Alder Flycatcher

 

Common Name:Alder Flycatcher

Class:Aves

Order:Passeriformes

Family:Tyrannidae

Genus:Empidonax

Species:Empidonax alnorum

 

 

 

TAXONOMY

The Alder Flycatcher is a flycatcher found in the Empidonax genus along with the Willow Flycatcher, Yellow-bellied Flycatcher, Least Flycatcher, and the Acadian Flycatcher. All of these species share a similar look and build and it is very hard to tell the difference between the five species. All five birds have a greenish-gray back with a paler breast that may have a small amount of yellow coloring. They also have two white wing bars and eye ring. What's even more interesting is that experts cannot tell the difference between the Willow and the Alder Flycatcher even when they are in their hand. The only certain way to tell the difference between the five species is to listen to their call and the Alder Flycatcher's call is a sharp "rreeBa".

HABITAT/DIET

The Alder Flycatcher is mainly found in secondary forests mad up of mainly young trees or even shrubs near a water body. These birds are mainly seen in areas that have been clear cut in recent years so they are widely seen in areas were their has been a lot of logging. Their range goes up into Canada and it's southern most range is found in the North-eastern United Sates and is seen in Western New York during the summer. The Alder flycatcher will migrate south starting in August and will return in the spring usually in March. Most of the Alder Flycatcher's food is caught on the wing or they will take insects that are seen in a twig or leaf also called gleaning. Where there is no competition they will prefer to glean insects from a plant rather than fly to catch it. They eat a variety of insects including bees, wasps, flies, beetles and butterflies.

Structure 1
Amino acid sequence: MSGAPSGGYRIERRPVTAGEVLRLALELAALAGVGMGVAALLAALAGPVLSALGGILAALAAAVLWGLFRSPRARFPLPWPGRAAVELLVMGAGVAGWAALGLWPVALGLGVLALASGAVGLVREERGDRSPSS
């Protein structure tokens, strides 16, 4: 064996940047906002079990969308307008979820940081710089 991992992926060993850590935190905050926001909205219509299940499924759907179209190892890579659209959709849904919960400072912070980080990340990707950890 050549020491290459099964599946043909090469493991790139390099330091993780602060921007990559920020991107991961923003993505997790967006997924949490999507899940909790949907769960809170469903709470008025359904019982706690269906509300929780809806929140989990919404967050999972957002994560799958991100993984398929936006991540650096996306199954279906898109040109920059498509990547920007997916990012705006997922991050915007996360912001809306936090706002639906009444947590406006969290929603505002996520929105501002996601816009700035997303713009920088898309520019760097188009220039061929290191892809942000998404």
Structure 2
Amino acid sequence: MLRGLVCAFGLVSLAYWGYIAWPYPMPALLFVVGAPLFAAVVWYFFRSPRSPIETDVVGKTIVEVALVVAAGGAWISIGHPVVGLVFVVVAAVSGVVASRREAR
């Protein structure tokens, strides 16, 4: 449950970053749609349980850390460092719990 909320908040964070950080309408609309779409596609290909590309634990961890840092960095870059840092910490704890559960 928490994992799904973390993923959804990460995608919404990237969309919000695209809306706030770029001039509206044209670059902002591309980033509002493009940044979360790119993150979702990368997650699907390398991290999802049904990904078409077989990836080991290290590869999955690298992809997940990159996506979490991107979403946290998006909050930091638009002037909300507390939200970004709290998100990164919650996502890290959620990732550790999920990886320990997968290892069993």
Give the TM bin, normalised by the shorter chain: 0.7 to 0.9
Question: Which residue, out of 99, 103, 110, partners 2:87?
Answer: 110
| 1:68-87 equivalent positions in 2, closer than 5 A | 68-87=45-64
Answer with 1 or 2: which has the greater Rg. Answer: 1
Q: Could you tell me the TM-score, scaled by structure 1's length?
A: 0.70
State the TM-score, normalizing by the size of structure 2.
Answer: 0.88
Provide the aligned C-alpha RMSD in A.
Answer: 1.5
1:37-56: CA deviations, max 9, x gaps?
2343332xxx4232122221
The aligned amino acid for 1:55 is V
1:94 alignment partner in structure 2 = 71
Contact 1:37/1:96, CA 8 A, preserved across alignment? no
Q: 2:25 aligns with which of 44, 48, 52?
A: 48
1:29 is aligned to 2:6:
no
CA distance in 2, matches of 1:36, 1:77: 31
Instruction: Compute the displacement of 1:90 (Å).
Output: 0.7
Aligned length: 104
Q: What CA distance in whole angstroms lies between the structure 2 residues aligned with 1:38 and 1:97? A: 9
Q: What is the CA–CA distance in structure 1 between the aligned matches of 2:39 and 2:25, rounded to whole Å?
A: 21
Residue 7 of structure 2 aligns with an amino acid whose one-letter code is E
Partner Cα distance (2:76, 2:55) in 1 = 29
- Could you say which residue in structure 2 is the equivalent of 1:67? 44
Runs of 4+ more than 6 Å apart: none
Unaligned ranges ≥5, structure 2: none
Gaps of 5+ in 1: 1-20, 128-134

BEHAVIOR

 

Alder Flycatchers are not generally an aggressive bird they will however give alarm calls, flick their tails, and raise the small crest on their head to ward away a predator, especially from their nest. It is interesting to note that when observers in the field saw competitions for a nesting sight between a Willow and the Alder Flycatchers the Willow Flycatcher was usually the dominant bird and chased the Alder Flycatcher out of the territory.

 

WHERE TO FIND THEM

 

These birds will usually start nest building and lay 3-4 eggs by the middle of June and into July. Both the male and the female help with incubation. After the eggs have hatched both parents continue to take care of the young and about 14 days after hatching the young will fledge and leave the nest.

 

Birds of Western New York is brought to you by the Institute for the Study of Human-Animal Relations at Canisius College in Buffalo, NY.